Four Tips for You
Taking steps to prevent plagiarism can help save you and your students from the unpleasant task of handling plagiarism. In McKeachie’s Teaching Tips: Strategies, Research, and Theory for College and University Teachers, contributors Peter Elbow and Mary Deane Sorcinelli outline how you can take action to prevent plagiarism.
- Be clear in your syllabus about what plagiarism is in your course. Let them know what they’ll need to provide to show their research, as well as how you expect them to work with — or not work with — their classmates.
- Encourage questions. Let your students know that if they’re doubtful about proper citations to come to you or to visit with a librarian.
- Collect and read smaller writing assignments. This will help familiarize you with students’ writing styles, helping you to detect any noticeable changes in future submissions. This may not be possible in larger sections, but an option for a course with multiple sections could be assigning different prompts in each, cutting down on the potential to get copied work.
- Assign unique topics. For example, ask students to apply a theory they’ve learned in class that week to an example outlined on a specific page. By asking students to research very specific circumstances you cut down on the probability that they’ll be able to find essays or papers online or from their peers to pull from. (pp 231-232)
Four Tips to Share
In addition to the steps above that you can take to prevent plagiarism, share these tips from 100% Information Literacy Success authors Amy Solomon, Gwenn Wilson, and Terry Taylor with your students to help them from making mistakes that can constitute plagiarism. Also keep in mind that you can always direct them to the library for help with research and finding information on creating proper citations!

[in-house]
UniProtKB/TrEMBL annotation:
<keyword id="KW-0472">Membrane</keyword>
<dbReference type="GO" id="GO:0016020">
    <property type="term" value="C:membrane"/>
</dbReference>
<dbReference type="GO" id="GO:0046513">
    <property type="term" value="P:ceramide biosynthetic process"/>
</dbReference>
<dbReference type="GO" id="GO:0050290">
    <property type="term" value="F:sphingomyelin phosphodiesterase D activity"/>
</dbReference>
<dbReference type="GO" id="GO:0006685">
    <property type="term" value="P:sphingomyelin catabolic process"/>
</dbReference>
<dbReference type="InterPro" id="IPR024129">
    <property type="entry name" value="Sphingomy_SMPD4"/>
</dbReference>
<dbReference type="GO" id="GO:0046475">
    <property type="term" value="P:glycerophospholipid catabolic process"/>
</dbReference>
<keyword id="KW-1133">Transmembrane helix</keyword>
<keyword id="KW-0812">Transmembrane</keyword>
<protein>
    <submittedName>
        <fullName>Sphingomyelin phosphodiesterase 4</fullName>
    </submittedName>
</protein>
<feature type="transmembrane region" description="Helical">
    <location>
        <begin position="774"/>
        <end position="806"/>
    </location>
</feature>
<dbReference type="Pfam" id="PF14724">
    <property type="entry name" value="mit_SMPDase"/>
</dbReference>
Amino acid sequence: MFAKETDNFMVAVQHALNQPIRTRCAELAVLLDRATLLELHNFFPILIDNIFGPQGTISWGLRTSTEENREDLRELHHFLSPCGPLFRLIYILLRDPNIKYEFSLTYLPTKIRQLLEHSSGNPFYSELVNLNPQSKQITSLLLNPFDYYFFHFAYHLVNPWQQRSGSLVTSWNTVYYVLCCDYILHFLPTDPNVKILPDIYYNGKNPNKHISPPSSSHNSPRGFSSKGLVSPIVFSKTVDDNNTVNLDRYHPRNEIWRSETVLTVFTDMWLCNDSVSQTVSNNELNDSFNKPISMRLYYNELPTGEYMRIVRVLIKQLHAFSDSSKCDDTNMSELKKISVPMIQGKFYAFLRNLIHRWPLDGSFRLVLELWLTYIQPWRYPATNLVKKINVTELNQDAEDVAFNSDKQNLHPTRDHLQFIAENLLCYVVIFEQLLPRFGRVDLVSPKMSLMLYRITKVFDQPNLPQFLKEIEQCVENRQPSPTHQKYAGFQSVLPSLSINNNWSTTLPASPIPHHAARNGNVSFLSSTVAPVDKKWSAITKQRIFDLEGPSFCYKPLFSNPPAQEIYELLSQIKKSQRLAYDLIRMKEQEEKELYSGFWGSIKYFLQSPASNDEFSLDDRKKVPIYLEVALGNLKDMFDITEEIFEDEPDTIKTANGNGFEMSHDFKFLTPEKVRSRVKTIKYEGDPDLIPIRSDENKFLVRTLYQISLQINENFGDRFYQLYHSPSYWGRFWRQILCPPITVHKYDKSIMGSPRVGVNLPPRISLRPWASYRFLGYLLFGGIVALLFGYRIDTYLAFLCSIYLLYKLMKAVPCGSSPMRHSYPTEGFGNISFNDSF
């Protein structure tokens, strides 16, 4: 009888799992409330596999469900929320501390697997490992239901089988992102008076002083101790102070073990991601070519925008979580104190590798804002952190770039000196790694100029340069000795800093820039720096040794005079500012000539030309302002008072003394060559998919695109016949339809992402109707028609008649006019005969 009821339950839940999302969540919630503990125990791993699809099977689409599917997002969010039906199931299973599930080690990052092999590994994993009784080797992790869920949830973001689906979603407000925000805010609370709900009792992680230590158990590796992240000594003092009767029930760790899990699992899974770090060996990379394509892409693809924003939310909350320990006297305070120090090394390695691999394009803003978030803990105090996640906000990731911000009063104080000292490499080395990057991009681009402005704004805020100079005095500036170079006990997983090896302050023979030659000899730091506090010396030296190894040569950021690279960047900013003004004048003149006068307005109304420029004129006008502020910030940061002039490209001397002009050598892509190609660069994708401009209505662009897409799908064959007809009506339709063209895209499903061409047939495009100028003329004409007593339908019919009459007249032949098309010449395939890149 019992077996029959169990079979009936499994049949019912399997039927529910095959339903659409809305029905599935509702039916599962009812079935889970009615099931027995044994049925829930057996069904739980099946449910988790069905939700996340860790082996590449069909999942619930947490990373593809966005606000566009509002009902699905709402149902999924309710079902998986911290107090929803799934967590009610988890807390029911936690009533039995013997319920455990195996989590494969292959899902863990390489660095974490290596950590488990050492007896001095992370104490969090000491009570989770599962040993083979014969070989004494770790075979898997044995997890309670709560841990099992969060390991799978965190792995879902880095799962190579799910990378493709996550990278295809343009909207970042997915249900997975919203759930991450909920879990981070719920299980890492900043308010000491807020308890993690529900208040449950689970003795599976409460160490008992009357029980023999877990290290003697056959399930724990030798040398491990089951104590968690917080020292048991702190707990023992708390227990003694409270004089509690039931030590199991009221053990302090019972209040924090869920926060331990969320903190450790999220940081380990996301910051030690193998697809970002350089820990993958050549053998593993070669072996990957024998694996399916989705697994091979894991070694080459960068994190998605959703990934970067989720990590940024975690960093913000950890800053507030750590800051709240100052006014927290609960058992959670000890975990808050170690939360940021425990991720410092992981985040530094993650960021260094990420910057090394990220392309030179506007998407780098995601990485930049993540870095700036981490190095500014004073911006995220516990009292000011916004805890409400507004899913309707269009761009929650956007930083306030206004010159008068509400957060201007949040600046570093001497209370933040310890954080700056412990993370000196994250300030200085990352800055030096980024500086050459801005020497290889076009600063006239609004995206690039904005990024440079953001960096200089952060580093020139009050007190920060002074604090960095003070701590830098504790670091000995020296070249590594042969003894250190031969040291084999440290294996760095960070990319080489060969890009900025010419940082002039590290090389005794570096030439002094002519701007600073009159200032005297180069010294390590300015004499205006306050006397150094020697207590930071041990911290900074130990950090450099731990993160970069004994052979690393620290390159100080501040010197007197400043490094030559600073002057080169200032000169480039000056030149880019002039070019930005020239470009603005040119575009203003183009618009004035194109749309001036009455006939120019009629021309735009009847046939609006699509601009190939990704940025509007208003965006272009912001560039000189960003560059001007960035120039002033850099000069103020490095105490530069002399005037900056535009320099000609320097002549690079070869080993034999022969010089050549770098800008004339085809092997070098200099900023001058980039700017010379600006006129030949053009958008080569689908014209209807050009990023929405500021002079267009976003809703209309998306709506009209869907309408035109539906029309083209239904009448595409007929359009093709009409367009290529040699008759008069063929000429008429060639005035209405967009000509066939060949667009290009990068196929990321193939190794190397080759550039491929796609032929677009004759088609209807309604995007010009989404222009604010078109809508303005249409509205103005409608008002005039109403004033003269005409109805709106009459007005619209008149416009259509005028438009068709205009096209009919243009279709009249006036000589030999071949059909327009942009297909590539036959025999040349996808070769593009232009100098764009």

- Use quotation marks. It’s OK to directly quote a source, but be sure to use quotation marks to indicate that it is a direct lift and then cite where you acquired the material. Consult the style guide for the preferred style manual in your course to guide proper citation.
- Paraphrase and summarize. You can’t write an entire paper using strictly quotes, and you’ll likely want to put information into your own words and sum it up a bit. Be sure that you’re not altering the author’s meaning as you paraphrase or summarize, and again, cite your sources!
- Mark up your draft. Go through your first draft and be sure to make note of what ideas are your own and what you quoted, paraphrased, or summarized from a source. By doing this, you can remind yourself of all the instances that require citation and source information.
- Take advantage of available detection software. Instructors will frequently use software that’s available to help detect when students have plagiarized part of a paper, but you can also utilize these resources to make sure you’re not unwittingly plagiarizing before you turn in your work. Remember that plagiarism occurs whether you act with intention or make a mistake and forget to attribute work to a source. (pp 188-190)
Content adapted from Solomon, A., Wilson, G., and Taylor, T. 2012. 100% Information Literacy Success, 2nd Edition. Boston, MA: Cengage Learning.
Content adapted from Svinicki, Marilla and McKeachie, Wilbert J. 2011. McKeachie’s Teaching Tips: Strategies, Research, and Theory for College and University Teachers. 13th ed. Belmont, CA: Wadsworth, Cengage Learning.